Langston Hughes

Overview

Though known primarily as a poet, Langston Hughes crafted well over 40 theatrical works. This book examines Hughes's stage pieces from his first published play, The Gold Piece (1921), through his post-radical wartime effort, For This We Fight (1943). Hughes's stage writing of this period includes such forms as the folk comedy, the protest drama, the historical play and the blues opera. McLaren concludes that the democratic argument is ultimately employed by Hughes to challenge segregation in the military and that...

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Overview

Though known primarily as a poet, Langston Hughes crafted well over 40 theatrical works. This book examines Hughes's stage pieces from his first published play, The Gold Piece (1921), through his post-radical wartime effort, For This We Fight (1943). Hughes's stage writing of this period includes such forms as the folk comedy, the protest drama, the historical play and the blues opera. McLaren concludes that the democratic argument is ultimately employed by Hughes to challenge segregation in the military and that Hughes's iconography prefigures the black aesthetic of the 1960s. Photographs complement the text.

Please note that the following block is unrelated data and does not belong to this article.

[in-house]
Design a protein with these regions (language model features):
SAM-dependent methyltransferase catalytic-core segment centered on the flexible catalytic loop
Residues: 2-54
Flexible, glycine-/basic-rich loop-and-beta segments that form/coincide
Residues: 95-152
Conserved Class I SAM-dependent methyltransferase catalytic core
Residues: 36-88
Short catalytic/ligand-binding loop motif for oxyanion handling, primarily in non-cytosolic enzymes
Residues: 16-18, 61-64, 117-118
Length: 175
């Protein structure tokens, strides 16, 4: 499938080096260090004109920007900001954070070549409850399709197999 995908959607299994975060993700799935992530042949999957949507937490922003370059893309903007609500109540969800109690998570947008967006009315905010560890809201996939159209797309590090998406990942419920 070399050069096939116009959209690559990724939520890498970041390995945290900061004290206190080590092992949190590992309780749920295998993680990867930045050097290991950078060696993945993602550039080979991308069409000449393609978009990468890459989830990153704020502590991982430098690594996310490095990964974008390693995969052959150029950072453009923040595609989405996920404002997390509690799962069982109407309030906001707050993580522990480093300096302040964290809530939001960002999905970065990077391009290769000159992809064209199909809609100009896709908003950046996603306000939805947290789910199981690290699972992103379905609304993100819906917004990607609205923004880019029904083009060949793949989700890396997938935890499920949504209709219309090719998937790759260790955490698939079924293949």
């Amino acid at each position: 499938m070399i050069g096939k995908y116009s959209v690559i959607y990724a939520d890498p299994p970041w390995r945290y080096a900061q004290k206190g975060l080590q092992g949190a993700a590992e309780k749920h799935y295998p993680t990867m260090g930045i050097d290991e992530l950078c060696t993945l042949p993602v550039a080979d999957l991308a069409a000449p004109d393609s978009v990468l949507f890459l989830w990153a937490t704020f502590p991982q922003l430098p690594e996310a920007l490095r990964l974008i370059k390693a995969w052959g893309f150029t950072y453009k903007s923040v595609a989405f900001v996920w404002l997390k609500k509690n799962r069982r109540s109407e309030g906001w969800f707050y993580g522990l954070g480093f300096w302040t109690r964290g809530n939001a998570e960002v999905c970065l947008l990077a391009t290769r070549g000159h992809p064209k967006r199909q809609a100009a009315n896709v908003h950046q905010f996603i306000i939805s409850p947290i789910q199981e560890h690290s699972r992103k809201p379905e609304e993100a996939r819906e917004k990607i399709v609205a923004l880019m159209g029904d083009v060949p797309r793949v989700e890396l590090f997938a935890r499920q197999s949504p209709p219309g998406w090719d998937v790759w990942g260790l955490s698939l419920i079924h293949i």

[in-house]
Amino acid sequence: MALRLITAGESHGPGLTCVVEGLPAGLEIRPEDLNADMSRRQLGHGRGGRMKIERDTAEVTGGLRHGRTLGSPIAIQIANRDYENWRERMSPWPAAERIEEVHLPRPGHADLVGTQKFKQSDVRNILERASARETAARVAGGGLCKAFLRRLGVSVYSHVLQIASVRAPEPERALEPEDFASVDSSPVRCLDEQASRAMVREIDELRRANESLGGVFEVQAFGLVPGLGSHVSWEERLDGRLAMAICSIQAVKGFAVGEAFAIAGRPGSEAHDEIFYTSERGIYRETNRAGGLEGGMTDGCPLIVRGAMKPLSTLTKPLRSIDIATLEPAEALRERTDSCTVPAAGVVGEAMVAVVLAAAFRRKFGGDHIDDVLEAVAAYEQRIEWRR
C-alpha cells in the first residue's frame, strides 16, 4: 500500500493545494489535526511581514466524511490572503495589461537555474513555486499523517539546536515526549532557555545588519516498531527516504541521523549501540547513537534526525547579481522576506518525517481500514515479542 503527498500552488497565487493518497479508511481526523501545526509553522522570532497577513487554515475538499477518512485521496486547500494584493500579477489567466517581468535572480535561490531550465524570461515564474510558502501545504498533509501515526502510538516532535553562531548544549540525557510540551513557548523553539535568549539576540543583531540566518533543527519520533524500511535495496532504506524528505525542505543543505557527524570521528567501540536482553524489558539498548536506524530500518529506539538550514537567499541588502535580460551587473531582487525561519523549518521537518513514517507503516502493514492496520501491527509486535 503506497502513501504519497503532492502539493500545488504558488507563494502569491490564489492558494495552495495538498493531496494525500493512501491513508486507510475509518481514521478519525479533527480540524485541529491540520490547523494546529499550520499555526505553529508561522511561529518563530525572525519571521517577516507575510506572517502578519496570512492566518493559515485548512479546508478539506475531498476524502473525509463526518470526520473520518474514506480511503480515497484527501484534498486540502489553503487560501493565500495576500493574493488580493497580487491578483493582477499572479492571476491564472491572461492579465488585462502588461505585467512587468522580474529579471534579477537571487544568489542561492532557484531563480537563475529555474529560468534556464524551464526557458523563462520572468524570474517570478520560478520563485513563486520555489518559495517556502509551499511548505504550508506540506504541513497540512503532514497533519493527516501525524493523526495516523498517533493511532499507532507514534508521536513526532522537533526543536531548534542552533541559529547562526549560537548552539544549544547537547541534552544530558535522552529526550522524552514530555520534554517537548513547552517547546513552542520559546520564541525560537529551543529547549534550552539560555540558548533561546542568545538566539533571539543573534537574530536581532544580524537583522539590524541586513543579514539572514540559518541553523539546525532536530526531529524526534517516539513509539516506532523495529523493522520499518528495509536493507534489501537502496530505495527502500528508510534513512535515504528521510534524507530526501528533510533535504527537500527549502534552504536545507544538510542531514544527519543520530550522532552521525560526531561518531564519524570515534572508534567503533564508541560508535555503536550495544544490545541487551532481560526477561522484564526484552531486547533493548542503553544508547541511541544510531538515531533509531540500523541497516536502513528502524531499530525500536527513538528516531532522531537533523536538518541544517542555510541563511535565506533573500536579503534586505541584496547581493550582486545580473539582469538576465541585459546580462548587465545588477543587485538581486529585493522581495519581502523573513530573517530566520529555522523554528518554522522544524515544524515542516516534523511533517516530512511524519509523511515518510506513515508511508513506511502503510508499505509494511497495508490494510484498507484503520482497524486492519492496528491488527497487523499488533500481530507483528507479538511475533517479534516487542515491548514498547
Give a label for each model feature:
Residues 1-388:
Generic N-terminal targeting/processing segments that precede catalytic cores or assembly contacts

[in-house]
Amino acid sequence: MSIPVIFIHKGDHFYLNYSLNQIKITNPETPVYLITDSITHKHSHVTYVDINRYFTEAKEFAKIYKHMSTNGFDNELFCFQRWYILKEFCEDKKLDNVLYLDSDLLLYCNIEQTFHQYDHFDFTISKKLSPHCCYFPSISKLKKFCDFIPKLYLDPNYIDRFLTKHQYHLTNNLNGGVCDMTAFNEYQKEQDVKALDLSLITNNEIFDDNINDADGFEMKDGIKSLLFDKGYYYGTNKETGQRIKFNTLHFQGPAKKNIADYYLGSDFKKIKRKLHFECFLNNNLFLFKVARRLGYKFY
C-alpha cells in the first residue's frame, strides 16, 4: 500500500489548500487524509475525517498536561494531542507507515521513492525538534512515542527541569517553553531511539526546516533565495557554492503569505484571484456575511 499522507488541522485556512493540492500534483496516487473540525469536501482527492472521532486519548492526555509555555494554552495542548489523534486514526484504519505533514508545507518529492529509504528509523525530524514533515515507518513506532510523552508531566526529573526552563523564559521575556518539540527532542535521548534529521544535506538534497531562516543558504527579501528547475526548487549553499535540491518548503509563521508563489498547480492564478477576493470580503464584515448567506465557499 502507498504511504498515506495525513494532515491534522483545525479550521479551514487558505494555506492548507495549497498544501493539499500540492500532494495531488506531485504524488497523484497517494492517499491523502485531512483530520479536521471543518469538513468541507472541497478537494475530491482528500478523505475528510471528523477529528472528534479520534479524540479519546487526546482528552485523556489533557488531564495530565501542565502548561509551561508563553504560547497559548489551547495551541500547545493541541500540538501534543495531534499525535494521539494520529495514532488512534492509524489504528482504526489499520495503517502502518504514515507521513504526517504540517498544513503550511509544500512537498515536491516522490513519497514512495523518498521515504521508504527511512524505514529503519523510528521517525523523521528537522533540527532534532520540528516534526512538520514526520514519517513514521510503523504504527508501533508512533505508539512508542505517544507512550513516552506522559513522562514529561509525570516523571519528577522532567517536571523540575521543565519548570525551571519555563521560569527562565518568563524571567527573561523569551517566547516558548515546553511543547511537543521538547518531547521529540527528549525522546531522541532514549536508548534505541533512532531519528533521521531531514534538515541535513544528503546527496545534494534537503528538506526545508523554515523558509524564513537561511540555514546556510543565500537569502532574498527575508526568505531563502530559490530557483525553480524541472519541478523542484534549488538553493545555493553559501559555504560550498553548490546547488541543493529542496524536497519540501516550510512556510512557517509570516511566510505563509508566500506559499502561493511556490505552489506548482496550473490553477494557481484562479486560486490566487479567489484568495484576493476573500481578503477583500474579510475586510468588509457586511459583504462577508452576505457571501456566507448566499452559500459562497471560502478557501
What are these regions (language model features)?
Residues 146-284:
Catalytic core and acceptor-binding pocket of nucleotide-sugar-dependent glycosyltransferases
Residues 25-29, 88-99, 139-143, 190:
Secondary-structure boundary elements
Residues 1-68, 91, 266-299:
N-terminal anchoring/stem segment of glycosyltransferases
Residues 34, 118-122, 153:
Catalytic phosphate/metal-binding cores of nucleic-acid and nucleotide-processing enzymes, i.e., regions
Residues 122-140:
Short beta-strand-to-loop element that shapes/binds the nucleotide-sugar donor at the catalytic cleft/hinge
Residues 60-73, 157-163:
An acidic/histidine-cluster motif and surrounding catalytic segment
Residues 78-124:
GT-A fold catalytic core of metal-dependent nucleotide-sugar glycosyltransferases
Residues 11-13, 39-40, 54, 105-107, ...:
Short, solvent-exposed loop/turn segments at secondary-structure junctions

McLaren demonstrates that Hughes's folk comedies, such as Mule Bone (1930) and Little Ham (1936), valorize folk humor and black vernacular. Written in collaboration with Zora Neale Hurston, Mule Bone resulted in a literary controversy. The study also analyzes Hughes's radical plays, including Scottsboro Limited (1931) and Don't You Want to Be Free? (1938), which blend poetry and drama. Also addressed is Hughes's association with community drama groups, especially Karamu Theatre in Cleveland and the Harlem Suitcase Theatre, which premiered Don't You Want to Be Free? and a number of Hughes's satires. In the early 1940s, Hughes entered his post-radical period but continued to protest fascism and celebrate black heroes and heroines. This transition is reflected in his critique of Richard Wright's Native Son. McLaren concludes that the democratic argument is used to challenge segregation in the military and that Hughes's iconography prefigures the black aesthetic of the 1960s. This book will be of great interest to students and scholars of radical theatre and African American drama. Photographs complement the text.

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Product Details

Meet the Author

JOSEPH McLAREN is an Associate Professor of English at Hofstra University.

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Table of Contents

Foreword
Acknowledgments
Abbreviations
Introduction
Ch. 1 Folk Comedy in Collaboration: The Mule Bone Affair 17
Ch. 2 Radical Drama and the Blak Community 33
Ch. 3 The Tragic Mode: Mulatto 59
Ch. 4 The Gilpin Players and the Karamu Comedies 79
Ch. 5 The Karamu Tragedies 101
Ch. 6 The Harlem Suitcase Theatre 117
Ch. 7 Community Theatre, Black Iconography, and World War II 141
Conclusion 165
Afterword 173
Bibliography 175
Index 181
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